|Actiontec 54Mbps Wireless Network Camera|
|Summary||Manual focus webcam with 11b / g wireless and 10/100 Ethernet connections. Image capture and record features are via Windows-only application|
|Pros||• Wired and 802.11b/g wireless operation
• Audio and video capture
|Cons||• Requires ActiveX for web browser viewing
• Windows only software for taking snapshots and video
• No previewing of motion detection settings
• No emailing of snapshots (only video) when motion is detected
In the market for a high quality network camera, but you hate the thought of having to drag ethernet cables everywhere? Actiontec recently introduced its 54 Mbps Wireless Network Camera, which boasts MPEG-4 video and audio recording. While the installation and configuration started off well, I quickly found the product’s key limitations.
Figure 1: Mounting hardware
The Actiontec wireless camera comes with an AC Adapter, short CAT 5 Ethernet cable, removable antenna, and the mounting hardware pictured above (Figure 1).
Figure 2: Front view
The front of the camera (Figure 2) has the lens, which is focused by manually turning it. Under the lens is the built-in microphone. On the right side are four LED lights (Ready, Active, LAN, Wireless) that glow amber when the camera is turned on and ready, or active on its Ethernet and wireless connections respectively. Unlike some other cameras (such Axis’), these LEDs cannot be turned off.
Figure 3: Rear view
On the back of the camera (Figure 3), going from left to right, we first see the removable wireless antenna. With the correct pigtail adapter to match the RP-TNC connector, you could upgrade to any 2.4GHz antenna you like. To the right of the power connection (5V DC) is an external microphone input, which may give you better results than using the built-in mic.
Since this is a wireless camera, you probably won’t use the 10 / 100 LAN port, but it’s there for the inital setup of the camera or if you prefer more security than afforded by a wireless connection. Note that the LAN port isn’t wired to accept Power over Ethernet, but you could get by this omission using a DIY PoE lash-up or commercially available kit.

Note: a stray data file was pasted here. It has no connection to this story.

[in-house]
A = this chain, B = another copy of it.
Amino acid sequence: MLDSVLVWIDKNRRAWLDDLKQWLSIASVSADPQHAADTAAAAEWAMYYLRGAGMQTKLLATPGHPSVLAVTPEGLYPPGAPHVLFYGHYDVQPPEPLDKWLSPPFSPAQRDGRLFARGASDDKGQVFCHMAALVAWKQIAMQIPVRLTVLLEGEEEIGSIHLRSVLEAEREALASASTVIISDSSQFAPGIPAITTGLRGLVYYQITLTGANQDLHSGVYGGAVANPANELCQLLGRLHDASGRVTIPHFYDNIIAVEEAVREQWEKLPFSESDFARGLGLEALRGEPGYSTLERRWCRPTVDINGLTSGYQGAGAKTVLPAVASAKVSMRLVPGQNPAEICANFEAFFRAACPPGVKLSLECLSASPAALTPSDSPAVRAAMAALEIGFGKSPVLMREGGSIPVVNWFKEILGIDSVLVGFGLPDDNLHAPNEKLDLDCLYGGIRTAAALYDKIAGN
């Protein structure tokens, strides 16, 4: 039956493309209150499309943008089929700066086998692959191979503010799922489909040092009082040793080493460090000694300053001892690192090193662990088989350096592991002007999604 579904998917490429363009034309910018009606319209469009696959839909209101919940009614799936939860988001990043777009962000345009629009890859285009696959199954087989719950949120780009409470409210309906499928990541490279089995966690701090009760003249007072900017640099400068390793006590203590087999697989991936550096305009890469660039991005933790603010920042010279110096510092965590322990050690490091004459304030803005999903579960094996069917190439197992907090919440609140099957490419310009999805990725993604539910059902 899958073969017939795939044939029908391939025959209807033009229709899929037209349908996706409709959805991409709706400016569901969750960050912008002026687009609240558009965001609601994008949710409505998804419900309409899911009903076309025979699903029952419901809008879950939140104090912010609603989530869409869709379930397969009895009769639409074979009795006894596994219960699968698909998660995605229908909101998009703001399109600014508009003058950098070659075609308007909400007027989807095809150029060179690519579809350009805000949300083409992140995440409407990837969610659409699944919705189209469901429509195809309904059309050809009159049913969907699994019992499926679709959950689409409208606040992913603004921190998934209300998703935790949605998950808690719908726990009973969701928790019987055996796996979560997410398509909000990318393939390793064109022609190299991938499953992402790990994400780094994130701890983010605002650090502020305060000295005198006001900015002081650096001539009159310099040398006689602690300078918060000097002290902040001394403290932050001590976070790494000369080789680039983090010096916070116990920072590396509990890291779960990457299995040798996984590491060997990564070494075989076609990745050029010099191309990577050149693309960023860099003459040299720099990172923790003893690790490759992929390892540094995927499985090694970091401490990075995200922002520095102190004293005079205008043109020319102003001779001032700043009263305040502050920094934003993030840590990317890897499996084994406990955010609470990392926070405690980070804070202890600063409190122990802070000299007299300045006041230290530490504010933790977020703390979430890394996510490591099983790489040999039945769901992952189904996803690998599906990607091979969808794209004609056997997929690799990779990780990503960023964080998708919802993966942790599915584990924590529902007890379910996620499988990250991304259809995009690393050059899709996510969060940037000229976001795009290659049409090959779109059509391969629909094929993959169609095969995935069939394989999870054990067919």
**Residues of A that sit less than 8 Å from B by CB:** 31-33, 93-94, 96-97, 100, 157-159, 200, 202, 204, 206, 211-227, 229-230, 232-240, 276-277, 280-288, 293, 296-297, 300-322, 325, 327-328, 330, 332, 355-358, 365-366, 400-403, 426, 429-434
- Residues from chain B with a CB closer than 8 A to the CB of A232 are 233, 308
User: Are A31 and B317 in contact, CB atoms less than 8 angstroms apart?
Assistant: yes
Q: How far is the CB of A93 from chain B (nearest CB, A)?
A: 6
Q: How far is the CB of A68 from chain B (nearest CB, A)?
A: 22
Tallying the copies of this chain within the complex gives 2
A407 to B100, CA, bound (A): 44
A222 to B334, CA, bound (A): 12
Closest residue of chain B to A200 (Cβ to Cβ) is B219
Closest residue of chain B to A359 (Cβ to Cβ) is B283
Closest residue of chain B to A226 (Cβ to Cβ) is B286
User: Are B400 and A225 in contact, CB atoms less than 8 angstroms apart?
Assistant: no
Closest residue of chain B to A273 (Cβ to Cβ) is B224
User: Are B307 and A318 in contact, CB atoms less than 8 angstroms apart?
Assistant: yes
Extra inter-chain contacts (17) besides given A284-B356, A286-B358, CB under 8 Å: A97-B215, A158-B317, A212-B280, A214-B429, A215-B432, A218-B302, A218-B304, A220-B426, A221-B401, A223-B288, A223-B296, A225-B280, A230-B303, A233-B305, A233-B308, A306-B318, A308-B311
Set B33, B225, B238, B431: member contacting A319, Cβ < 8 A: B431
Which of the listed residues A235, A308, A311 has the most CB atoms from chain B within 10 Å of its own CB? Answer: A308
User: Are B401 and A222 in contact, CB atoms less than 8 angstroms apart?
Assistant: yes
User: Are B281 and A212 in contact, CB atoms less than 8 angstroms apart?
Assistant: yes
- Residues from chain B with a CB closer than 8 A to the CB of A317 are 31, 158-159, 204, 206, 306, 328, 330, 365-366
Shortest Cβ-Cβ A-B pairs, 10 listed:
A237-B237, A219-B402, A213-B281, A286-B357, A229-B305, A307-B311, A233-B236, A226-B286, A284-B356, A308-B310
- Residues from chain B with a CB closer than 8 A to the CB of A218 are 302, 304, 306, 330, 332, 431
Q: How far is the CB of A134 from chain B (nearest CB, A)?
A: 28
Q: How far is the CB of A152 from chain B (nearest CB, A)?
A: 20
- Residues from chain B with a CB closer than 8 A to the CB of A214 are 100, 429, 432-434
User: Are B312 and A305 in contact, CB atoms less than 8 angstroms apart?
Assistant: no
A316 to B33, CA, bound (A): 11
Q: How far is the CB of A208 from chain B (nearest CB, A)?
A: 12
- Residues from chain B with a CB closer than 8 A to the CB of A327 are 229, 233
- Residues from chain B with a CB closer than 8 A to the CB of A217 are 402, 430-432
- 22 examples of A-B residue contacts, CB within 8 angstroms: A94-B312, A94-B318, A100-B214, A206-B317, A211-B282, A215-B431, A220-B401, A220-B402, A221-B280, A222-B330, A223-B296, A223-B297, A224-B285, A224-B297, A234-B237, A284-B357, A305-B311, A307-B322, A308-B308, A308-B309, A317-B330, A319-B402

Finally the recessed reset button will blast out all the settings and return the camera to the default settings when held for three seconds. But just quickly pressing the button will perform a soft reset including forcing a DHCP release / renew – a nice feature since many reset buttons these days are reset-to-defaults only, which isn’t always what the doctor orders.
The initial setup is simple – you plug in the camera to your LAN and then insert the install CD on any Win 98 SE,ME,2000 or XP computer. A setup program will autorun and find the camera without intervention – no hunting for IP addresses or guessing. You then can change the IP information or the wireless settings. The wireless security settings can also be entered using the setup utility.
Figure 4: Wireless settings
The camera supports WEP with 64/128 bit encryption and I was pleased to see it also supported the more secure WPA-PSK. If Actiontec intends to have many small-business buyers, however, they should add WPA-Enterprise and preferably WPA2 support soon. After the initial setup, you can fire up your browser and enter the IP address of the camera and go directly to a webpage where you can view live video from the web camera (Figure 5). You will also hear what is happening if you have turned on the audio feature.
Figure 5: Camera webpage view
Mozilla / Firefox users will probably not like this camera, since its webpage requires ActiveX. While there are ActiveX plugins for Mozilla, I don’t think users are likely to install them, since getting away from IE’s security problems is why many users switch to Mozilla / Firefox in the first place! I asked ActionTec if they plan on supporting alternate browsers and here is their response:
“The camera requires active-x support in the browser. Presently there are not plans to support other mechanisms (java, etc.) We only support IE 6.0 or above, but you can get active-x plug-ins for other browsers like Firefox which would then allow you to view images with the Camera.”
Settings can be changed by clicking on Administration (Figure 6). Here some basic settings and NTP (Network Time Protocol) can be set.
Figure 6: System Administration screen
(click on image to enlarge)
The logs (Figure 7) can also be accessed through the Administration screen. The log records events such as the time when the camera turned on, when motion was detected and email errors. You can copy and paste the log into your favorite word processing program, but there is no option to have a periodic dump into an alternate location. The logs are flushed when power is cut.
Figure 7: Log sample